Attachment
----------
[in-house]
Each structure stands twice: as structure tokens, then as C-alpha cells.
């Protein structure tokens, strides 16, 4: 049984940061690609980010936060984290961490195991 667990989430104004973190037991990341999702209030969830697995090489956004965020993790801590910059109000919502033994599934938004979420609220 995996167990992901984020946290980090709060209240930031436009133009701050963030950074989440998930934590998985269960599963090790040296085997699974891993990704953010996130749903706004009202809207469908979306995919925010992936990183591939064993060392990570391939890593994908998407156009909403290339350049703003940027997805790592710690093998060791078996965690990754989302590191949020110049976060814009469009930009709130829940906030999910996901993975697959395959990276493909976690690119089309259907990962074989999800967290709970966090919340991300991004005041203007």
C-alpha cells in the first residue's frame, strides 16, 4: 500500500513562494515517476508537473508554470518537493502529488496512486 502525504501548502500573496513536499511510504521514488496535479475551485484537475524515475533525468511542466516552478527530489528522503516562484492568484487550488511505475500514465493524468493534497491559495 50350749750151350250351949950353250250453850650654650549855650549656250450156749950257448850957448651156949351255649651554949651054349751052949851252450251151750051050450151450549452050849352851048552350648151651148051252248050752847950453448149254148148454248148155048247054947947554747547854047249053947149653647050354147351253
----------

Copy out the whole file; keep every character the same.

[in-house]
Each structure stands twice: as structure tokens, then as C-alpha cells.
């Protein structure tokens, strides 16, 4: 049984940061690609980010936060984290961490195991 667990989430104004973190037991990341999702209030969830697995090489956004965020993790801590910059109000919502033994599934938004979420609220 995996167990992901984020946290980090709060209240930031436009133009701050963030950074989440998930934590998985269960599963090790040296085997699974891993990704953010996130749903706004009202809207469908979306995919925010992936990183591939064993060392990570391939890593994908998407156009909403290339350049703003940027997805790592710690093998060791078996965690990754989302590191949020110049976060814009469009930009709130829940906030999910996901993975697959395959990276493909976690690119089309259907990962074989999800967290709970966090919340991300991004005041203007």
C-alpha cells in the first residue's frame, strides 16, 4: 500500500513562494515517476508537473508554470518537493502529488496512486 502525504501548502500573496513536499511510504521514488496535479475551485484537475524515475533525468511542466516552478527530489528522503516562484492568484487550488511505475500514465493524468493534497491559495 50350749750151350250351949950353250250453850650654650549855650549656250450156749950257448850957448651156949351255649651554949651054349751052949851252450251151750051050450151450549452050849352851048552350648151651148051252248050752847950453448149254148148454248148155048247054947947554747547854047249053947149653647050354147351253